Kane proves himself on big stage as Three Lions take home feel-good factor
England were all played out. The whistle had long gone on their World Cup campaign, the team bus was almost full and a low-key party was awaiting back at their hotel 20 miles north of St Petersburg in Repino.
Get Down on It by Kool & The Gang was being played over the bus sound system and they were just waiting for one man: Harry Kane.
The striker had been selected for post-match doping tests and was the last to emerge. It felt appropriate that it was the captain, and the Golden Boot winner, who therefore had the last word on England's involvement at this World Cup, contrasting it with the desperate mood after the last-16 exit against Iceland at Euro 2016.
"The most important thing is getting the fans back on our side," Kane said, as he contemplated qualifying for the next tournament, Euro 2020.
"Going into a competition where we could be playing a lot of games at Wembley, our home, if we qualify, it's exciting. That's the contrast for me from two years ago, from Iceland, to when we lost in the semi-final.
"The fans staying behind afterwards and cheering. That's massive. We've connected with our fans and the people back home."
As England return home from Russia, Gareth Southgate has rediscovered something that was lost: a sense of identity.
There is now a feeling that playing for England could actually be enjoyable, that tournaments are there to be "attacked" and that there was nothing to fear. After all, as Southgate often said, what is the worst that can happen?
The worst would have been repeating the failings or disappointments of the past. So, England have been there already. Southgate has been there already.
And Kane has been there already, not least two years ago when he failed to score at Euro 2016. Now Kane has six goals and the only Englishman who can match that total, and the prize of the Golden Boot as the World Cup's top scorer, is Gary Lineker, in 1986.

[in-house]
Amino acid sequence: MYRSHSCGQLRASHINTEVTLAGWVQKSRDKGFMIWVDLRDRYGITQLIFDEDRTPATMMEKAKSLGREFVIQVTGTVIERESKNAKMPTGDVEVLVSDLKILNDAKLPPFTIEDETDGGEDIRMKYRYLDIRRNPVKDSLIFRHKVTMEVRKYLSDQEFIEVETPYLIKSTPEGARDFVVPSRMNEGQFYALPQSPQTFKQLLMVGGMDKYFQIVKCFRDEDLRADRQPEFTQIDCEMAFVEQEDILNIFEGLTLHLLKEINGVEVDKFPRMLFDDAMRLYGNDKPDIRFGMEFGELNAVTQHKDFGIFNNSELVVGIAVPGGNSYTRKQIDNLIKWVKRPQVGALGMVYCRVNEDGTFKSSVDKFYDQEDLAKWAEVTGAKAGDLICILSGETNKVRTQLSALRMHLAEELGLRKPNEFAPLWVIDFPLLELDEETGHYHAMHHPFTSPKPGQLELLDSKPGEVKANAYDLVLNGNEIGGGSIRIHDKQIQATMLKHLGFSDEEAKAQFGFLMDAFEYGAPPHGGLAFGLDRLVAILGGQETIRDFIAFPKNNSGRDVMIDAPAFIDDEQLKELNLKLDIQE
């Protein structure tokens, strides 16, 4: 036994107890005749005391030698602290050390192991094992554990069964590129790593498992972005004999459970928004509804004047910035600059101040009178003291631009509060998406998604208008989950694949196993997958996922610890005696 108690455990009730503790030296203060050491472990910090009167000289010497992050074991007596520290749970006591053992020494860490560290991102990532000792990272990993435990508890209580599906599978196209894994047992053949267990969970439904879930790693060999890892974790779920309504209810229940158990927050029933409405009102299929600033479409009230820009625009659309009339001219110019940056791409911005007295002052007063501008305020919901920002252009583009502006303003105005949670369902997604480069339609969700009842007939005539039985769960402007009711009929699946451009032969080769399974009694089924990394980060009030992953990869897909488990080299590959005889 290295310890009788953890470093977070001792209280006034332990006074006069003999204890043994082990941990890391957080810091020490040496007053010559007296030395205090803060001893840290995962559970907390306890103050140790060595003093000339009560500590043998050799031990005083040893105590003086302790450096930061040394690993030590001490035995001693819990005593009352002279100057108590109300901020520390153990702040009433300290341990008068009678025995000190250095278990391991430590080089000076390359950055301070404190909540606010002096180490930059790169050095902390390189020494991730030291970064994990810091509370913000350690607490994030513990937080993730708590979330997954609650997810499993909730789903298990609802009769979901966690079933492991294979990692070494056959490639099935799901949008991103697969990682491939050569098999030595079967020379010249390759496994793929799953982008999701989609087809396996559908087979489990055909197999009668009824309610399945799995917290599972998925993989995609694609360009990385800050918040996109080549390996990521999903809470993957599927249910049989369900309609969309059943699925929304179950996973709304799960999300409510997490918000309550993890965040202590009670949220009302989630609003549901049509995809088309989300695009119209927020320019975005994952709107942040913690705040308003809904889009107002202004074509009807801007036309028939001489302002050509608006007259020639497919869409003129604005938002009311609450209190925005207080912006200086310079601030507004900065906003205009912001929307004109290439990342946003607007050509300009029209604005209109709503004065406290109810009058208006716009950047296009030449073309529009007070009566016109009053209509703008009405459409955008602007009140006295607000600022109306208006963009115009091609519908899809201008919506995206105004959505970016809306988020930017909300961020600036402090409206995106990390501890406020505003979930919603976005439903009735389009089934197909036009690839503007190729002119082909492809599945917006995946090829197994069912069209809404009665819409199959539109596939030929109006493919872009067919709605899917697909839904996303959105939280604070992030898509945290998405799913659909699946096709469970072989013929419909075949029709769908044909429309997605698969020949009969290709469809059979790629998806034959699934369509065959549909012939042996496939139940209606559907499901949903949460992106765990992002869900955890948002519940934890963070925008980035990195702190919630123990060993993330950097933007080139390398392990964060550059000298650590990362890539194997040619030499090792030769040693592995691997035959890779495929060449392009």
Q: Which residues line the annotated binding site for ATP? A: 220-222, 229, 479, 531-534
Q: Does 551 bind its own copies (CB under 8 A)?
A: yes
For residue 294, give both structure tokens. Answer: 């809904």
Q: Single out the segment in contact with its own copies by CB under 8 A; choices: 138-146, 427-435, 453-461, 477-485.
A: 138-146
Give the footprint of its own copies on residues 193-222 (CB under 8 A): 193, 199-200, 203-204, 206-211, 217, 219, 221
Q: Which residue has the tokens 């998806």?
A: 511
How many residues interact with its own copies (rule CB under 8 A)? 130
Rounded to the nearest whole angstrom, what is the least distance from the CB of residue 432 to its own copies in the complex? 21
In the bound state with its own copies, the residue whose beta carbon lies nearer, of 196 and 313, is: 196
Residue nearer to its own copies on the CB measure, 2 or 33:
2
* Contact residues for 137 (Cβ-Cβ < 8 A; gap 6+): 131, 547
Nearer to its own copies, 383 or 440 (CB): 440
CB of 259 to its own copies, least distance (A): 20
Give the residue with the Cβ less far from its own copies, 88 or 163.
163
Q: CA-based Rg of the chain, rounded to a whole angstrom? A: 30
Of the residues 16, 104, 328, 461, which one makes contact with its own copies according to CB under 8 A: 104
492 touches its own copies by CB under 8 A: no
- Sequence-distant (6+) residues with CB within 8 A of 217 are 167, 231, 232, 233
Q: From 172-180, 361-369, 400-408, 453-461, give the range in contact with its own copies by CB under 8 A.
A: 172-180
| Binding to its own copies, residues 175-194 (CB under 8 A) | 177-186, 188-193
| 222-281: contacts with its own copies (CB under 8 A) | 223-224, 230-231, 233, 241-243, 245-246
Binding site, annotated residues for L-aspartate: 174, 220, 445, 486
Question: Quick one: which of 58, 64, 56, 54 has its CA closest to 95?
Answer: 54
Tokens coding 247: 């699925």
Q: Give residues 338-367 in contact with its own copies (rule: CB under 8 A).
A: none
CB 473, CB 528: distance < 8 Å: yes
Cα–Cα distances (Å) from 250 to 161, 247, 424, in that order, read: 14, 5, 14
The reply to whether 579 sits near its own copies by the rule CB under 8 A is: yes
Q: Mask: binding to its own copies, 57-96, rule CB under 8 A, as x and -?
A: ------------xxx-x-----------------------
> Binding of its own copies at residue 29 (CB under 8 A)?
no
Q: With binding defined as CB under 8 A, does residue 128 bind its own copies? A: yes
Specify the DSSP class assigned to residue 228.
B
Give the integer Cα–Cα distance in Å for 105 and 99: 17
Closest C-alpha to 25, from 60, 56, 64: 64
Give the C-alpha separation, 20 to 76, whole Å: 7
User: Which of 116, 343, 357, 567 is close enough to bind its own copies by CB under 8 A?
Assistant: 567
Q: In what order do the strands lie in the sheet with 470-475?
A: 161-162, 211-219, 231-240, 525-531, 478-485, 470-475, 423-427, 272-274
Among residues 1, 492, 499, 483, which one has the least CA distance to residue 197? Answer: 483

"I said before coming into this tournament that I wanted to prove I could do it on these stages," Kane said.
"I said the Euros were disappointing. If anything I wanted to prove to myself I could score at this level. I've scored at every other level and it was important I did that. I'm extremely proud."
The Three Lions' third-place play-off on Saturday proved to be a game too far for England, who had 24 hours less recovery time than Belgium.
They were also, frankly, outclassed by a team led by Eden Hazard and Kevin De Bruyne. England simply do not have players of that calibre, which is why Southgate constructed the 3-5-2 system to mask the deficiencies. England need to find more creative, controlling midfielders to make the next step forward.
"As a team, I feel there's room for improvement and that's the exciting thing because we are going to learn an awful lot from this experience," Kane said.
"Look, it's been a fantastic campaign, for me personally and the team as well. But there's still stuff I can improve on. Obviously, I can get better. I feel like there have been games in this tournament when I could have done better."
England have a young squad and that average age will drop even further, with Southgate intending to bring in the likes of Ryan Sessegnon (18), Nathaniel Chalobah (23) and Joe Gomez (21), while he revealed he had told Gary Cahill (32), that he would be looking at younger defenders.
"Gary has a desire to still be involved," Southgate said. "He's a player we really respect. His contribution to what we've done, in terms of how he's been with the group, his training and everything else, has been excellent.
"We just have to see how he starts the season. He also knows that generally speaking we are looking at some other players. He doesn't want to finish and I don't want him to finish either."
Kane's mind also turned to the new season with Tottenham Hotspur.
"I want to be playing in four weeks' time," he insisted. "We'll see... It will be a couple of weeks off. Most important thing is mentally. Physically, here, this has been our pre-season." (©The Daily Telegraph)